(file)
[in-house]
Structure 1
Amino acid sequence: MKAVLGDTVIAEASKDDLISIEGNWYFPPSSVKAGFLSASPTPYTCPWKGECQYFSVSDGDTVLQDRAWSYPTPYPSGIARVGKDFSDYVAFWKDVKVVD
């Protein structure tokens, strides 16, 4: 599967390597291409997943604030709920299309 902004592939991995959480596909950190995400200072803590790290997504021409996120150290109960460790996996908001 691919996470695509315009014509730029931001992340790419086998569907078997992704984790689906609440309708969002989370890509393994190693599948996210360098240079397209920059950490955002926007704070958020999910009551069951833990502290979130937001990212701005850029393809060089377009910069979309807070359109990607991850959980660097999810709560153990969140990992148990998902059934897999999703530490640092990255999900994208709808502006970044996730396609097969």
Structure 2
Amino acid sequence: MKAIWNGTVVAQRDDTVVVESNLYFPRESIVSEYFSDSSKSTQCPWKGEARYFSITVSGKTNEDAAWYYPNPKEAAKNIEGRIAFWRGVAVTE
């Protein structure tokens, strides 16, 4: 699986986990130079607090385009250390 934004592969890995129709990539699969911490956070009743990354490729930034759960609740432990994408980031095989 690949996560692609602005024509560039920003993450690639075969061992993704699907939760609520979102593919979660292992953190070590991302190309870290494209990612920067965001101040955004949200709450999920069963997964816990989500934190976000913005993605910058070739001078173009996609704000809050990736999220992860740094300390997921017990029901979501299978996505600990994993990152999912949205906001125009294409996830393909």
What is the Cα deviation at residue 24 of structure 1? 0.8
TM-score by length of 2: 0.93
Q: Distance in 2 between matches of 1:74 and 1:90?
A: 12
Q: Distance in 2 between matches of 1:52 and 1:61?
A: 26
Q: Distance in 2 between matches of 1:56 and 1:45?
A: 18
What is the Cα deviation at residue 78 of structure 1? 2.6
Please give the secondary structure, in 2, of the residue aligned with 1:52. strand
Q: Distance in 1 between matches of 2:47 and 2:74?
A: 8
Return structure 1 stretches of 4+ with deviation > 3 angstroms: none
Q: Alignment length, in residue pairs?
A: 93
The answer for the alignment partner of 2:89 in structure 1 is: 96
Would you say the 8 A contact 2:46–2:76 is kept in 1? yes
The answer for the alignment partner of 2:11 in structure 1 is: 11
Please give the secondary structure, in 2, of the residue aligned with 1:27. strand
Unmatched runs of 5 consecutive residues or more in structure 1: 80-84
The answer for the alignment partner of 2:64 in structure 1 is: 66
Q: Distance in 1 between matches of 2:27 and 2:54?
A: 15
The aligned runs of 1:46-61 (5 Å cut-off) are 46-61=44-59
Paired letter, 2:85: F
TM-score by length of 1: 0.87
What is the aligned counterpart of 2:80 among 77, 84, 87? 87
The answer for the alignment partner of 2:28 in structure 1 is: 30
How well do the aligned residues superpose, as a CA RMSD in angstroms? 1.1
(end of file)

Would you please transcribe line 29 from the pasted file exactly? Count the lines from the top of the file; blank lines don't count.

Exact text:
Q: Distance in 1 between matches of 2:27 and 2:54?